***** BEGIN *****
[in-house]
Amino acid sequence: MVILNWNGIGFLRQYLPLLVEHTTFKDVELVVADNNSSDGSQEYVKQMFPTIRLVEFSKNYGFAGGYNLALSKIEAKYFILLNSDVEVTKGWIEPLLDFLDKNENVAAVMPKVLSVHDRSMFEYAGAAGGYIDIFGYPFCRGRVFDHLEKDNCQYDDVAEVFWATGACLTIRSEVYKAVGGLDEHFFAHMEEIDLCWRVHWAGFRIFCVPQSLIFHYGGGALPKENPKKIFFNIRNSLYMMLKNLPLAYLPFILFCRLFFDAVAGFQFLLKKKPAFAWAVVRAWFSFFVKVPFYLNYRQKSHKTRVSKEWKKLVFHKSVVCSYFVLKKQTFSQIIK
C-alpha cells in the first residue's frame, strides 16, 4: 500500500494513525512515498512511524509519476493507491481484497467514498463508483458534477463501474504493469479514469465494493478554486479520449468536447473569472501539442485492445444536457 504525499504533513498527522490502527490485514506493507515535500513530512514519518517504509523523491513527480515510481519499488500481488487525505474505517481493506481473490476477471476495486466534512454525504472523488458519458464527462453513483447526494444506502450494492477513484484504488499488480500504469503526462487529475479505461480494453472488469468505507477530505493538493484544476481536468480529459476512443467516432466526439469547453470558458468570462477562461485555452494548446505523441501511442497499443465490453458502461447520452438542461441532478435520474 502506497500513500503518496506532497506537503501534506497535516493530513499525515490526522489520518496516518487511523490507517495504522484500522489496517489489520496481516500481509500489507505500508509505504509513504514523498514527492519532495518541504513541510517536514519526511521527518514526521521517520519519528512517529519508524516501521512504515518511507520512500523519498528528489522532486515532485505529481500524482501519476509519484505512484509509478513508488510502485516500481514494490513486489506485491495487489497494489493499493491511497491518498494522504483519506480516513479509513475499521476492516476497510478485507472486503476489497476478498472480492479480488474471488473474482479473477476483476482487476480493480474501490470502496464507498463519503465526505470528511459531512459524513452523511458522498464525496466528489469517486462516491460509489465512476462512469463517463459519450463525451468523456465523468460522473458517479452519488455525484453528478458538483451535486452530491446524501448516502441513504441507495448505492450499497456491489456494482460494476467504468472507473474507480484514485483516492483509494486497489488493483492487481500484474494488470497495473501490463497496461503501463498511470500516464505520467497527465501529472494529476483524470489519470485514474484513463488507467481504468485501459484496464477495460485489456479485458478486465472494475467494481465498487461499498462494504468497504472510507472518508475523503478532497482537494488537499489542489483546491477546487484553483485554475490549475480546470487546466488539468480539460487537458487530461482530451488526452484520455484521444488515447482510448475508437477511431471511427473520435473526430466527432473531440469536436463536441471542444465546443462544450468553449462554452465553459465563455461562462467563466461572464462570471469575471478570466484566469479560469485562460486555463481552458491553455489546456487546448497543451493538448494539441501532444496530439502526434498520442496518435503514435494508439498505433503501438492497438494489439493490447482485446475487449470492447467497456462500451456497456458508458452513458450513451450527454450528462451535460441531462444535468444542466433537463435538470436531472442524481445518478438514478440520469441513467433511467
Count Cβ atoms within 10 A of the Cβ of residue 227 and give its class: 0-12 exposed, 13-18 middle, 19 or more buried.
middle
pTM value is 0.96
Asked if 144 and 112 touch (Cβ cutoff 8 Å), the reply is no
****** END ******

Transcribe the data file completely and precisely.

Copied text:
[in-house]
Amino acid sequence: MVILNWNGIGFLRQYLPLLVEHTTFKDVELVVADNNSSDGSQEYVKQMFPTIRLVEFSKNYGFAGGYNLALSKIEAKYFILLNSDVEVTKGWIEPLLDFLDKNENVAAVMPKVLSVHDRSMFEYAGAAGGYIDIFGYPFCRGRVFDHLEKDNCQYDDVAEVFWATGACLTIRSEVYKAVGGLDEHFFAHMEEIDLCWRVHWAGFRIFCVPQSLIFHYGGGALPKENPKKIFFNIRNSLYMMLKNLPLAYLPFILFCRLFFDAVAGFQFLLKKKPAFAWAVVRAWFSFFVKVPFYLNYRQKSHKTRVSKEWKKLVFHKSVVCSYFVLKKQTFSQIIK
C-alpha cells in the first residue's frame, strides 16, 4: 500500500494513525512515498512511524509519476493507491481484497467514498463508483458534477463501474504493469479514469465494493478554486479520449468536447473569472501539442485492445444536457 504525499504533513498527522490502527490485514506493507515535500513530512514519518517504509523523491513527480515510481519499488500481488487525505474505517481493506481473490476477471476495486466534512454525504472523488458519458464527462453513483447526494444506502450494492477513484484504488499488480500504469503526462487529475479505461480494453472488469468505507477530505493538493484544476481536468480529459476512443467516432466526439469547453470558458468570462477562461485555452494548446505523441501511442497499443465490453458502461447520452438542461441532478435520474 502506497500513500503518496506532497506537503501534506497535516493530513499525515490526522489520518496516518487511523490507517495504522484500522489496517489489520496481516500481509500489507505500508509505504509513504514523498514527492519532495518541504513541510517536514519526511521527518514526521521517520519519528512517529519508524516501521512504515518511507520512500523519498528528489522532486515532485505529481500524482501519476509519484505512484509509478513508488510502485516500481514494490513486489506485491495487489497494489493499493491511497491518498494522504483519506480516513479509513475499521476492516476497510478485507472486503476489497476478498472480492479480488474471488473474482479473477476483476482487476480493480474501490470502496464507498463519503465526505470528511459531512459524513452523511458522498464525496466528489469517486462516491460509489465512476462512469463517463459519450463525451468523456465523468460522473458517479452519488455525484453528478458538483451535486452530491446524501448516502441513504441507495448505492450499497456491489456494482460494476467504468472507473474507480484514485483516492483509494486497489488493483492487481500484474494488470497495473501490463497496461503501463498511470500516464505520467497527465501529472494529476483524470489519470485514474484513463488507467481504468485501459484496464477495460485489456479485458478486465472494475467494481465498487461499498462494504468497504472510507472518508475523503478532497482537494488537499489542489483546491477546487484553483485554475490549475480546470487546466488539468480539460487537458487530461482530451488526452484520455484521444488515447482510448475508437477511431471511427473520435473526430466527432473531440469536436463536441471542444465546443462544450468553449462554452465553459465563455461562462467563466461572464462570471469575471478570466484566469479560469485562460486555463481552458491553455489546456487546448497543451493538448494539441501532444496530439502526434498520442496518435503514435494508439498505433503501438492497438494489439493490447482485446475487449470492447467497456462500451456497456458508458452513458450513451450527454450528462451535460441531462444535468444542466433537463435538470436531472442524481445518478438514478440520469441513467433511467
Count Cβ atoms within 10 A of the Cβ of residue 227 and give its class: 0-12 exposed, 13-18 middle, 19 or more buried.
middle
pTM value is 0.96
Asked if 144 and 112 touch (Cβ cutoff 8 Å), the reply is no